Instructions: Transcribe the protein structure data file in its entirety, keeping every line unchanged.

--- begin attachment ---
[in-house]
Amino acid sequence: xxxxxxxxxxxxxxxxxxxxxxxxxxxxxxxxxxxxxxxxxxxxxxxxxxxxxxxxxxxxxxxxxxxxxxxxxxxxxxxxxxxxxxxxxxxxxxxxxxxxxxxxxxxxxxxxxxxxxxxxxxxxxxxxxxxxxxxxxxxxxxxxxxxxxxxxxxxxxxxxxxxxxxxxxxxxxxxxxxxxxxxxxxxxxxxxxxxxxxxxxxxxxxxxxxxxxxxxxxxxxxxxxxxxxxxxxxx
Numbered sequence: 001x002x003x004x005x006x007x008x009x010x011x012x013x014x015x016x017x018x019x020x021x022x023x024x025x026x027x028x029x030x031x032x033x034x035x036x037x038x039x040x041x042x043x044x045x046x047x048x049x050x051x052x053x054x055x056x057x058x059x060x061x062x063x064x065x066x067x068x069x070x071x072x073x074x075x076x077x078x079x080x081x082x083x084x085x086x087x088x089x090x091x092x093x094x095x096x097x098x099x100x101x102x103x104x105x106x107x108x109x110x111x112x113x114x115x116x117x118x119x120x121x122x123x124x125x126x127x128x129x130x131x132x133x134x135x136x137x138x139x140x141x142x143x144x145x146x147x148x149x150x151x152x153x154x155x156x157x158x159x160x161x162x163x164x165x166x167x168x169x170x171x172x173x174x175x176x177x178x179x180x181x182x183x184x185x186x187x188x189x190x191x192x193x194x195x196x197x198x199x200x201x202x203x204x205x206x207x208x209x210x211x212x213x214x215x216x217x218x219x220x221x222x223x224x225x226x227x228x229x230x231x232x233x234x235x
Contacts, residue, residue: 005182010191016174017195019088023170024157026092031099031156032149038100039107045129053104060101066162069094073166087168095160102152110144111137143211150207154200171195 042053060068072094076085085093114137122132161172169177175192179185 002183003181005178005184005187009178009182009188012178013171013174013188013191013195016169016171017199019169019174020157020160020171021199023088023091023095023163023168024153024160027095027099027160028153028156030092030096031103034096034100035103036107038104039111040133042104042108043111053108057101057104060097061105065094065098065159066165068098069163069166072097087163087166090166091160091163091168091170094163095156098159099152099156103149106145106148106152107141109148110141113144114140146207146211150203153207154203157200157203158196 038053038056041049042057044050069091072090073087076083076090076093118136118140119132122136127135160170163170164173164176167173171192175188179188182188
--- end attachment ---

[in-house]
Amino acid sequence: xxxxxxxxxxxxxxxxxxxxxxxxxxxxxxxxxxxxxxxxxxxxxxxxxxxxxxxxxxxxxxxxxxxxxxxxxxxxxxxxxxxxxxxxxxxxxxxxxxxxxxxxxxxxxxxxxxxxxxxxxxxxxxxxxxxxxxxxxxxxxxxxxxxxxxxxxxxxxxxxxxxxxxxxxxxxxxxxxxxxxxxxxxxxxxxxxxxxxxxxxxxxxxxxxxxxxxxxxxxxxxxxxxxxxxxxxxx
Numbered sequence: 001x002x003x004x005x006x007x008x009x010x011x012x013x014x015x016x017x018x019x020x021x022x023x024x025x026x027x028x029x030x031x032x033x034x035x036x037x038x039x040x041x042x043x044x045x046x047x048x049x050x051x052x053x054x055x056x057x058x059x060x061x062x063x064x065x066x067x068x069x070x071x072x073x074x075x076x077x078x079x080x081x082x083x084x085x086x087x088x089x090x091x092x093x094x095x096x097x098x099x100x101x102x103x104x105x106x107x108x109x110x111x112x113x114x115x116x117x118x119x120x121x122x123x124x125x126x127x128x129x130x131x132x133x134x135x136x137x138x139x140x141x142x143x144x145x146x147x148x149x150x151x152x153x154x155x156x157x158x159x160x161x162x163x164x165x166x167x168x169x170x171x172x173x174x175x176x177x178x179x180x181x182x183x184x185x186x187x188x189x190x191x192x193x194x195x196x197x198x199x200x201x202x203x204x205x206x207x208x209x210x211x212x213x214x215x216x217x218x219x220x221x222x223x224x225x226x227x228x229x230x231x232x233x234x235x
Contacts, residue, residue: 005182010191016174017195019088023170024157026092031099031156032149038100039107045129053104060101066162069094073166087168095160102152110144111137143211150207154200171195 042053060068072094076085085093114137122132161172169177175192179185 002183003181005178005184005187009178009182009188012178013171013174013188013191013195016169016171017199019169019174020157020160020171021199023088023091023095023163023168024153024160027095027099027160028153028156030092030096031103034096034100035103036107038104039111040133042104042108043111053108057101057104060097061105065094065098065159066165068098069163069166072097087163087166090166091160091163091168091170094163095156098159099152099156103149106145106148106152107141109148110141113144114140146207146211150203153207154203157200157203158196 038053038056041049042057044050069091072090073087076083076090076093118136118140119132122136127135160170163170164173164176167173171192175188179188182188